Finding the Education in Educational Technology with Early Learners


education technology2

As many educators and parents have observed, today’s children are exposed to advanced technology at an early age, with tablets, e-readers, and smartphones being some prevalent choices (Gutnik et al. 2011; Rideout 2011). Experiences with technology can pave the way for unprecedented learning opportunities. However, without an education component, technology cannot reach its full potential for supporting children’s learning and development. In early childhood programs, the education component often means adults being nearby, interacting with children and providing opportunities for peer-to-peer learning to encourage children to gain the skills they need for succeeding in school.While the literature establishes the use of educational technology and positive outcomes for children (see reviews by Glaubke 2007; McCarrick & Li 2007; Penuel et al. 2009), it also indicates that technology needs to (1) be developmentally appropriate for children, (2) include tools to help teachers implement the technology successfully, and (3) be integrated into the classroom and curriculum (see Clements & Sarama 2003; Glaubke 2007; NAEYC & Fred Rogers Center 2012). In this article, we will discuss these criteria and provide a practical plan, examples, and a tool for evaluating, using, and integrating educational technology in early childhood programs.

The potential for early childhood education
Research shows that computer use supports and
increases young children’s skills in the social, cognitive,
language, literacy, writing, and mathematics realms. Children in early childhood classrooms interact with peers
when using computers. They share and help one another,
ask for and provide information and explanations, and
collaborate to solve problems (Heft & Swaminathan 2002;
Wang & Ching 2003). Adult guidance for children using
computers is associated with increases in abstract reasoning, planning behavior, visual-motor coordination, and
visual memory (Primavera, Wiederlight, & DiGiacomo 2001;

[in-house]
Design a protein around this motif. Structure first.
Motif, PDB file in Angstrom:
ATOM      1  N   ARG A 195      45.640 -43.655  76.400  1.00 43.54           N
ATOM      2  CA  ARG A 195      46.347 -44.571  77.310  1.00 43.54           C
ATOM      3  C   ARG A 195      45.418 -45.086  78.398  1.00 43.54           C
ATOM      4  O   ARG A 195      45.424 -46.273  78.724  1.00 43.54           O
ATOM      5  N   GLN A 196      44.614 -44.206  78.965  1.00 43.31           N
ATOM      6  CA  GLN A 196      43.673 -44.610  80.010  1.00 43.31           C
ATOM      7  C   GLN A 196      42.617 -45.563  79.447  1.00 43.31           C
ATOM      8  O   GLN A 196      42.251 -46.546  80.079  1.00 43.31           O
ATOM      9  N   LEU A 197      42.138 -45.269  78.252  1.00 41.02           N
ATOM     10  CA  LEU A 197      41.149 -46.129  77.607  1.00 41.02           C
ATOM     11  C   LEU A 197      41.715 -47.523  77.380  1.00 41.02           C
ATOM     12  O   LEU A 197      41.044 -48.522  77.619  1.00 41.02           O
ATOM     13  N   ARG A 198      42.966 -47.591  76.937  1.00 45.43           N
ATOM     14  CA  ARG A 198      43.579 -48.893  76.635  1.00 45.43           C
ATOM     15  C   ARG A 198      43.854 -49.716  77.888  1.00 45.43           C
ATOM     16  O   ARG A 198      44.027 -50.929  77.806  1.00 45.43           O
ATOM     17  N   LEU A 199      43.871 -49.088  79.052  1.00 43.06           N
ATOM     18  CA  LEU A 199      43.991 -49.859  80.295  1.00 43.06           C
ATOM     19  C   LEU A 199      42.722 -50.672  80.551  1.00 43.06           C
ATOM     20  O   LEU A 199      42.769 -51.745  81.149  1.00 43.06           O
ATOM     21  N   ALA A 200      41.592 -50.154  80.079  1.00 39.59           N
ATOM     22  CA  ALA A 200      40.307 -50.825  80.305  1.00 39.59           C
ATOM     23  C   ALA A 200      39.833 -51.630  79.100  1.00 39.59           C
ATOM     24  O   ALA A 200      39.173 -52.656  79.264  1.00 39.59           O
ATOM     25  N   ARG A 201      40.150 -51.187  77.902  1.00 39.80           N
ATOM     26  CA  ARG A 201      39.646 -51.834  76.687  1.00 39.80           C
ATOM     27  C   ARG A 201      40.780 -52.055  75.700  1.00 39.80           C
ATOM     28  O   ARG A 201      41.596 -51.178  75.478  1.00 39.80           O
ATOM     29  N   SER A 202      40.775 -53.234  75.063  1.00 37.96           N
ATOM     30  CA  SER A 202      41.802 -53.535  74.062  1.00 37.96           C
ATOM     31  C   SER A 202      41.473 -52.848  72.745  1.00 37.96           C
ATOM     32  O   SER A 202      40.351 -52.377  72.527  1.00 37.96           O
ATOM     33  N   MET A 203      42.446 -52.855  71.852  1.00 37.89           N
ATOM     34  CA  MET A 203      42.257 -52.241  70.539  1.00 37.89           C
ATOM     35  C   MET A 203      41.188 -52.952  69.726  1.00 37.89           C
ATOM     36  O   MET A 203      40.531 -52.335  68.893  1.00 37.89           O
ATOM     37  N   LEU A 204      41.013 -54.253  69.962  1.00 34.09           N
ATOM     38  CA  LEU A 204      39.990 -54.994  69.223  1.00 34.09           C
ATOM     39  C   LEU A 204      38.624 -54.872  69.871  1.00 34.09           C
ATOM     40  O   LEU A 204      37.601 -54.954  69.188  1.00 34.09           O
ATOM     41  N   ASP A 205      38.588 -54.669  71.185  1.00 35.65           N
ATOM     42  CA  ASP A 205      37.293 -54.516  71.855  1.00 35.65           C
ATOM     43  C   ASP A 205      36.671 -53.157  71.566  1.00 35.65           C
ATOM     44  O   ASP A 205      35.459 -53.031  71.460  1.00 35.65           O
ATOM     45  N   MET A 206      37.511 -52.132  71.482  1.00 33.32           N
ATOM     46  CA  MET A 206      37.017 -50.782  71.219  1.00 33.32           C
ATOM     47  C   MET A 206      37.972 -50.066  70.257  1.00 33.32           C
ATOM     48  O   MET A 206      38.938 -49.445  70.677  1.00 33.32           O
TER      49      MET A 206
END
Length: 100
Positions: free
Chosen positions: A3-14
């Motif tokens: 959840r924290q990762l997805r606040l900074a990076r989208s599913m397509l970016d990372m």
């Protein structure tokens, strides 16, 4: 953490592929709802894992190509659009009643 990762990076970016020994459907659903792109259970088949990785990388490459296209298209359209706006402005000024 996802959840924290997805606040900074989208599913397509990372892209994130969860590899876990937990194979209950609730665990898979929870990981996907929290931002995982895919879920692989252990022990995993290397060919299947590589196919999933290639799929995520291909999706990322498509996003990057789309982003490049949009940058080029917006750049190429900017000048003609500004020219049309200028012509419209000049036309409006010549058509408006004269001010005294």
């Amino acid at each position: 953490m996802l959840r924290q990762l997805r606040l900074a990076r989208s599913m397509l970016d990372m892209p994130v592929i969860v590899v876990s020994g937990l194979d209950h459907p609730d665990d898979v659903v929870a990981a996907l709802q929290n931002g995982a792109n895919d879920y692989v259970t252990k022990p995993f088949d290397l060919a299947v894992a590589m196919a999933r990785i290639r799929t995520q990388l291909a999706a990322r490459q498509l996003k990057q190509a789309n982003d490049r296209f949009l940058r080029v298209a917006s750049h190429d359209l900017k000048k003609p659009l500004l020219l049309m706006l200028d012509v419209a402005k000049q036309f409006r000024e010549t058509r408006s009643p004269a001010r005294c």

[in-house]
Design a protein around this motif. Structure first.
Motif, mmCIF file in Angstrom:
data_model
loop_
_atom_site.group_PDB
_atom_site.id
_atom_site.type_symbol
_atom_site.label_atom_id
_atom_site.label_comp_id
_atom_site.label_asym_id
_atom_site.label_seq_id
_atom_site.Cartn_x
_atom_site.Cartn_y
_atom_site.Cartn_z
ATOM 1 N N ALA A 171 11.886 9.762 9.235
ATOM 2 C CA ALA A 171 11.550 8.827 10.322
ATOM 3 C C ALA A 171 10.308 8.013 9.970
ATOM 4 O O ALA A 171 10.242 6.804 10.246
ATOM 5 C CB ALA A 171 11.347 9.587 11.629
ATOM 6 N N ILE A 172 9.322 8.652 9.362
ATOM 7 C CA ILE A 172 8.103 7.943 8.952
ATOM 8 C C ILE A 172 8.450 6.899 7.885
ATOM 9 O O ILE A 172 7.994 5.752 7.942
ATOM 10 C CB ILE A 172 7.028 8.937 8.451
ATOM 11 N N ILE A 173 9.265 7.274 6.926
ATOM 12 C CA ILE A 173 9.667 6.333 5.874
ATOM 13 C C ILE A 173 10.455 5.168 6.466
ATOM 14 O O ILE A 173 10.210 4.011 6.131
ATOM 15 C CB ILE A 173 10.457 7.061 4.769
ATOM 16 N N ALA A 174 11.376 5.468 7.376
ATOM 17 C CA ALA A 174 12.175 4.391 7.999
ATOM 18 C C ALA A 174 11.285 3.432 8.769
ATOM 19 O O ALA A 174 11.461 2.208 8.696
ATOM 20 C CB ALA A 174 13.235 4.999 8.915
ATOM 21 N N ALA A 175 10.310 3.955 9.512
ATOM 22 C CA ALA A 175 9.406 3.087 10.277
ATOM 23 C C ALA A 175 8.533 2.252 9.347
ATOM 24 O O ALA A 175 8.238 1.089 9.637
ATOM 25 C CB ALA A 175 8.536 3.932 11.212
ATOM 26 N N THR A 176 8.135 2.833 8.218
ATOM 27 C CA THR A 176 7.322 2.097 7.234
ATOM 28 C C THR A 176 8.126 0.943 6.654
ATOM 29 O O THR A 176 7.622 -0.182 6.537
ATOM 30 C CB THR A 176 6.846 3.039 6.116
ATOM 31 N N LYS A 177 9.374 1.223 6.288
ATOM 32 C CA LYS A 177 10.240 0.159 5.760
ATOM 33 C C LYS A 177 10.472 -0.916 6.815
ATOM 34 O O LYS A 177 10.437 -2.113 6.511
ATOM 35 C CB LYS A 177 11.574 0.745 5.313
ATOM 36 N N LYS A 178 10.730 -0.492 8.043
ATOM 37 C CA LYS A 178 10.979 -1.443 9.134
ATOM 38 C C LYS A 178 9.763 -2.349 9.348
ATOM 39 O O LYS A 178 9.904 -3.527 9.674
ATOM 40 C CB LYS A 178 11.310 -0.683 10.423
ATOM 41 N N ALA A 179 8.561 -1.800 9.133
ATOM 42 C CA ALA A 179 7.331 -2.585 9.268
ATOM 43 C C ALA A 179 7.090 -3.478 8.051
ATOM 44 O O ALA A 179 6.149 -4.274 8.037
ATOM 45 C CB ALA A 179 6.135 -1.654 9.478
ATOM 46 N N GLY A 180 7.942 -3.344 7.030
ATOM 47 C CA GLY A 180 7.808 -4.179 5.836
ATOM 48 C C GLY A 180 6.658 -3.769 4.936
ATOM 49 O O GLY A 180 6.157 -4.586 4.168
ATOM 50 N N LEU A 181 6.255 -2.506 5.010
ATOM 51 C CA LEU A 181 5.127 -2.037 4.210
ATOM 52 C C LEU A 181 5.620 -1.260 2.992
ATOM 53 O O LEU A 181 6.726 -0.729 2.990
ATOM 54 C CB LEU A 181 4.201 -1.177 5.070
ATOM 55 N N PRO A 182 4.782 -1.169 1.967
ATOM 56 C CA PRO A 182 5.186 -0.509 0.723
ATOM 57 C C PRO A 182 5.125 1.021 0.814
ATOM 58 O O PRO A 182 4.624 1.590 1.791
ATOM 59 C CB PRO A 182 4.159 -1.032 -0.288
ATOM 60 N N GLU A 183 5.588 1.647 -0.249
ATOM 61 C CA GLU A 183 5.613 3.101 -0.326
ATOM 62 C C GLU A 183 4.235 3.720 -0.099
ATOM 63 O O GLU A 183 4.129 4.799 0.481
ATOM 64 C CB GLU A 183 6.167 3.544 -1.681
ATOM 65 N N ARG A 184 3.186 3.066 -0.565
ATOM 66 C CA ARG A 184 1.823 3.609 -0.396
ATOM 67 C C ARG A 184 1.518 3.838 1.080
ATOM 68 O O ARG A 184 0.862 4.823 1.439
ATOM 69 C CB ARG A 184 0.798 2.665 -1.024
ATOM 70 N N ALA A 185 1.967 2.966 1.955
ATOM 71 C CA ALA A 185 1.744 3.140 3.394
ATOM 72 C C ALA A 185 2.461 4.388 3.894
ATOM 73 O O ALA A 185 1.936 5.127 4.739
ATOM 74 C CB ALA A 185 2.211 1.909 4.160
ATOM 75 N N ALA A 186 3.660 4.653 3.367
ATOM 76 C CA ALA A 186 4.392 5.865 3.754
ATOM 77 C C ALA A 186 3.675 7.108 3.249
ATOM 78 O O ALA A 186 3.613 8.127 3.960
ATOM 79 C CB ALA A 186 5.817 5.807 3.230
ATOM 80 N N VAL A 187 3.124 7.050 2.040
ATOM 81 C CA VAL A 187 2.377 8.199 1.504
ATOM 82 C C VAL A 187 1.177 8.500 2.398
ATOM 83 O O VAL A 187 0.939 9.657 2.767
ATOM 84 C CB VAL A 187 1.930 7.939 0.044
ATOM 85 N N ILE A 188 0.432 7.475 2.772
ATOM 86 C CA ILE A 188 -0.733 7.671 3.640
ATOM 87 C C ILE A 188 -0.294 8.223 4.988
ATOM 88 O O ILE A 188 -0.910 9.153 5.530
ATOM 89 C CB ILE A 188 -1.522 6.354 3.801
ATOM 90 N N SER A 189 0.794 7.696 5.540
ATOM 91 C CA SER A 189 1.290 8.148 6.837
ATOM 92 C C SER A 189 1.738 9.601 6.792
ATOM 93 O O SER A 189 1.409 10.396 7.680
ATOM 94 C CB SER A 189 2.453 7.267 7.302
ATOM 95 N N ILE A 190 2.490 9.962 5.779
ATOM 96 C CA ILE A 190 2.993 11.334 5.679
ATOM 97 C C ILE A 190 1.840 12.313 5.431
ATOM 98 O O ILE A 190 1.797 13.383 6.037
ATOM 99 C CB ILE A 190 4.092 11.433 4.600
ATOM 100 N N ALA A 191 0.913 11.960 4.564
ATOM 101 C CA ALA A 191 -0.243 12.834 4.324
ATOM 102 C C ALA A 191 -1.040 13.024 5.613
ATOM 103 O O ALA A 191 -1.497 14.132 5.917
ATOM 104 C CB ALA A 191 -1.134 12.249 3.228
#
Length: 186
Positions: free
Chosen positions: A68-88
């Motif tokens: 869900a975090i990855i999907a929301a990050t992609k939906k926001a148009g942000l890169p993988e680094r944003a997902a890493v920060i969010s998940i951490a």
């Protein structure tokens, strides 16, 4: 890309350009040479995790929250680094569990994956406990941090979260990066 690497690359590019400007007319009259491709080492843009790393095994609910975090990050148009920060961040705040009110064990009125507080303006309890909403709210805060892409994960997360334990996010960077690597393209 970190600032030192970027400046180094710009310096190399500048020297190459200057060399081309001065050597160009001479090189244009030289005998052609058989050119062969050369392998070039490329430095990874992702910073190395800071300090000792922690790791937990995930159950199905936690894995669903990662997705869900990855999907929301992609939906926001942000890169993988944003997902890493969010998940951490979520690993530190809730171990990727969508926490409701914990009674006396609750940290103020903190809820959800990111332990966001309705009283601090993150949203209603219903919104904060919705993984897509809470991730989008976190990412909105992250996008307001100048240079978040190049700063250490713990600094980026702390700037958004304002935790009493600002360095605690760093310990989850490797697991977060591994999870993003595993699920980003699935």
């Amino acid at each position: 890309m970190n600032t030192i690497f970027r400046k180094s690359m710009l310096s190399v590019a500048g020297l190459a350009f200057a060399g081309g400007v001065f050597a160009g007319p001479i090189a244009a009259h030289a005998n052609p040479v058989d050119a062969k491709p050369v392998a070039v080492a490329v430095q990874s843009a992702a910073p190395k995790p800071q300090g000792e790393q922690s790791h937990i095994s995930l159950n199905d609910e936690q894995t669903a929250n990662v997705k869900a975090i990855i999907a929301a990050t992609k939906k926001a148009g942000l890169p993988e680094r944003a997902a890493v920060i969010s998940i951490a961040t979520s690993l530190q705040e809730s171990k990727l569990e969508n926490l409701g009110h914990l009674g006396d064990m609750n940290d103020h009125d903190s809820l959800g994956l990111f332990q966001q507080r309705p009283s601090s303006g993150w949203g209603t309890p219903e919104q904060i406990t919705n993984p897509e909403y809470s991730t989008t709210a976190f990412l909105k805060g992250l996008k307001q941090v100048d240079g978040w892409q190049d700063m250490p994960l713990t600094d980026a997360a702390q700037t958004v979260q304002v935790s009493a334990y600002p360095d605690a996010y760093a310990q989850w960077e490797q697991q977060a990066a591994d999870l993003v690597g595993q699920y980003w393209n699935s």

Nir-Gal & Klein 2004). For example, teachers can help children focus on tasks by telling them to look carefully at an action on the screen and observe what is happening, or by asking them what they need to do in a particular situation presented while using a software program.When teachers support children and mediarich content is integrated with the curriculum, technology experiences are associated with better language and literacy outcomes, such as letter recognition, sequencing, and sounds; listening and comprehension;vocabulary; and understanding concepts about stories and print (Primavera,Wiederlight, & DiGiacomo 2001; Nir-Gal & Klein 2004; Penuel et al. 2009). For instance, children who had daily access to a large library of educational software and teacher supervision made gains, but those with a weekly session with a mentor who facilitated use of the technology made even greater gains (Primavera, Wiederlight, & DiGiacomo 2001). When children use computers with adult support, their math concepts increase for number recognition, counting, shape recognition and composition, and sorting (Primavera, Wiederlight, & DiGiacomo 2001; Clements & Sarama 2007).The research on newer technologies and applications has yet to catch up with their availability to children, but there are promising indications. Researchers observe greater collaboration among preschoolers when they use interactive whiteboards (IWBs) than when they use traditional desktop computers (nontouch screen, with mouse and keyboard) (Wood 2001). McManis, Gunnewig, and McManis (2010) found gains in preschoolers’ literacy and math skills in classrooms using an IWB preloaded with school-readiness activities. Usability studies with the newest technologies, particularly mobile ones such as tablets, find that preschool children learn to use the devices quickly, independently, and confidently and explore freely (Couse & Chen 2010; Michael Cohen Group & USDOE 2011). Findings related to outcomes for learning from educational content on mobile devices are beginning to come in. A study with iPod touch devices and PBS-created content for children ages 3 to 7 found that the children made gains in vocabulary and phonological awareness, with children ages 3 to 5 making the most gains (Chiong & Shuler 2010). A recent study of kindergartners.


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